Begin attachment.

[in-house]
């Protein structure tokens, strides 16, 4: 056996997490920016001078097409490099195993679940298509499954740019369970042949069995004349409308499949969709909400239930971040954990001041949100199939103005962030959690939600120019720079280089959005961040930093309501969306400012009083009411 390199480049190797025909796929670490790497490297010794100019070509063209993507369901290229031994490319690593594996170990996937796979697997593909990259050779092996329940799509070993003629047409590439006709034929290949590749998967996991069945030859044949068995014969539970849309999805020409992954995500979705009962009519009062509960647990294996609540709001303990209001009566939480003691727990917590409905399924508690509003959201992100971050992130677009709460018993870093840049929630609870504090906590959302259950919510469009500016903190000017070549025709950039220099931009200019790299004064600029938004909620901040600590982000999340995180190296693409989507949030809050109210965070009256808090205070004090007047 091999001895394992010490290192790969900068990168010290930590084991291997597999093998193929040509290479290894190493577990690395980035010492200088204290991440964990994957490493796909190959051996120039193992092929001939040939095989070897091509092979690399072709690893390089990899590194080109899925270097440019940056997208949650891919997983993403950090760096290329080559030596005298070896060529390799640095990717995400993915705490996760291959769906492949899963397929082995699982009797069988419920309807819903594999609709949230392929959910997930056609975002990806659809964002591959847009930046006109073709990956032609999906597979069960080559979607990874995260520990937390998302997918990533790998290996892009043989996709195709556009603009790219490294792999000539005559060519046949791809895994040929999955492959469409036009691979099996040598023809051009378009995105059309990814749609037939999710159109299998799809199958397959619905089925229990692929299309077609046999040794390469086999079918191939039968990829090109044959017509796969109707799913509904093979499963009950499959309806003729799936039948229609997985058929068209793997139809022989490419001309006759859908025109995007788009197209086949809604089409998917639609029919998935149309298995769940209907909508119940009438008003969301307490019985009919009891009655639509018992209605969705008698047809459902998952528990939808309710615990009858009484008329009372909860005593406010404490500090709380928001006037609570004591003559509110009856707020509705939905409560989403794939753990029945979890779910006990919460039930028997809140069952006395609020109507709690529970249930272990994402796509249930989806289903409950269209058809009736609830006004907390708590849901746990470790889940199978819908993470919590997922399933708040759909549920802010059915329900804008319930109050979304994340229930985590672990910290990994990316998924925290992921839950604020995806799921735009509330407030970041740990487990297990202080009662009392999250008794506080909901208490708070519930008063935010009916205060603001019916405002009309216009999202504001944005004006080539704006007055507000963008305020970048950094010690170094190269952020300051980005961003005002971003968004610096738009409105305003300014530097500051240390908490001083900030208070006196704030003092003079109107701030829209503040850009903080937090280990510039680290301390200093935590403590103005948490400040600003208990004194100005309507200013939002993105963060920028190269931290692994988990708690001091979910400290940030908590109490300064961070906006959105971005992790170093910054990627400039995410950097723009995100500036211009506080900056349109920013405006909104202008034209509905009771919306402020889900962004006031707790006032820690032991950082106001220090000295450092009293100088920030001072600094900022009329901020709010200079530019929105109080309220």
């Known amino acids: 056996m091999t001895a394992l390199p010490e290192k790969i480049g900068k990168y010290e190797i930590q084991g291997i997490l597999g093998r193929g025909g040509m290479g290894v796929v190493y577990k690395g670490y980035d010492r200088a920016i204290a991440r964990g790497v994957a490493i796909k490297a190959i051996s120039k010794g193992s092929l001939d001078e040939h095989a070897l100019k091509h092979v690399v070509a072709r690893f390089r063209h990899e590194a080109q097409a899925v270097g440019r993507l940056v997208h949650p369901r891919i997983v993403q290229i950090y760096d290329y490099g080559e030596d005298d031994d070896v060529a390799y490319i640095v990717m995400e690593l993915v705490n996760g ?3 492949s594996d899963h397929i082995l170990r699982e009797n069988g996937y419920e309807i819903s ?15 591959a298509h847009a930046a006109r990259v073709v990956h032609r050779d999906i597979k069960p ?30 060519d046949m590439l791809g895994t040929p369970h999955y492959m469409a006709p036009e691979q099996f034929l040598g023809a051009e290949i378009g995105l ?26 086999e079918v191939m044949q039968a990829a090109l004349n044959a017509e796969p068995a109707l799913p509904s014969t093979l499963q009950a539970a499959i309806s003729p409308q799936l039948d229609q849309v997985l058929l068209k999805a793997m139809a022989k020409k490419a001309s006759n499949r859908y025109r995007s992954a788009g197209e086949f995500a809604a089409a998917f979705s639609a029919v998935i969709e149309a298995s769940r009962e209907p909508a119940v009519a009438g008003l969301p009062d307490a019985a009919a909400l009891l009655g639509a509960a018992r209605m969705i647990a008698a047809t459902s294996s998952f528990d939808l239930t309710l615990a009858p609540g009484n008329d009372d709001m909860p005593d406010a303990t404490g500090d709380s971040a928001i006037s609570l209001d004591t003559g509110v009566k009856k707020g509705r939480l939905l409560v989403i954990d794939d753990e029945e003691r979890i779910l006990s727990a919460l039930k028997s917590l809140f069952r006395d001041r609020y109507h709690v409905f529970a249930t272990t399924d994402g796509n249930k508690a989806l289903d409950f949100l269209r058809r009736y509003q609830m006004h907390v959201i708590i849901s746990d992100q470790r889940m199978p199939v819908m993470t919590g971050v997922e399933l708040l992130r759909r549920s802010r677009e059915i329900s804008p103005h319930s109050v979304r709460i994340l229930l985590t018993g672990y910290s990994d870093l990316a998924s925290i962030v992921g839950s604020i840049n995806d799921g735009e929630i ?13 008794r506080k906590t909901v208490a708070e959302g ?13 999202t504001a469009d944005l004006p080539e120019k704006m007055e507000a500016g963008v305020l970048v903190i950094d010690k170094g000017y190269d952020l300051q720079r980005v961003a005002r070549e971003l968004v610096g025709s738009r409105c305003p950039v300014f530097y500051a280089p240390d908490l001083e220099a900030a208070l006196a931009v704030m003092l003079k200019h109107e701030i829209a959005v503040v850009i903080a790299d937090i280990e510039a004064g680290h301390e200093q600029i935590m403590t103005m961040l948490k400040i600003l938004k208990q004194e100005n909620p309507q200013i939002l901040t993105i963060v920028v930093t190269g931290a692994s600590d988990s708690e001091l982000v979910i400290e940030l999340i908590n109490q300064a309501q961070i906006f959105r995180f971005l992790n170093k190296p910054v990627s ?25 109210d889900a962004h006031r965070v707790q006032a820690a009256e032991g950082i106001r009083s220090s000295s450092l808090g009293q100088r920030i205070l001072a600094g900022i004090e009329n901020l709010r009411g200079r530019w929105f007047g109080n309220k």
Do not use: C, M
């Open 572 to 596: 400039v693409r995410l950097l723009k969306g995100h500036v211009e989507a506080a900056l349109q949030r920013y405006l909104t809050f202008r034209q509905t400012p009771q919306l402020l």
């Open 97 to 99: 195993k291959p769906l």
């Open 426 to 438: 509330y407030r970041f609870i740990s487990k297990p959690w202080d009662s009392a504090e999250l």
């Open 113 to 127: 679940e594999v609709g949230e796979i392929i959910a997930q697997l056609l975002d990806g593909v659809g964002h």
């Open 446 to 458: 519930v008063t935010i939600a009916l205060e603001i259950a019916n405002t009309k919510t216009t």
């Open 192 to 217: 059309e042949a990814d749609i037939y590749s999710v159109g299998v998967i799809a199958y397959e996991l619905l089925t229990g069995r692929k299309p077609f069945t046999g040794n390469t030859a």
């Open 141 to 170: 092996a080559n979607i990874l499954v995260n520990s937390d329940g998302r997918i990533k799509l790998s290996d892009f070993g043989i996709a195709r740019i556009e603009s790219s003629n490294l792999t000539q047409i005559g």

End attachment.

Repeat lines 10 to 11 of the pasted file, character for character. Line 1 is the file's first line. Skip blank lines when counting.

């Open 192 to 217: 059309e042949a990814d749609i037939y590749s999710v159109g299998v998967i799809a199958y397959e996991l619905l089925t229990g069995r692929k299309p077609f069945t046999g040794n390469t030859a």
């Open 141 to 170: 092996a080559n979607i990874l499954v995260n520990s937390d329940g998302r997918i990533k799509l790998s290996d892009f070993g043989i996709a195709r740019i556009e603009s790219s003629n490294l792999t000539q047409i005559g």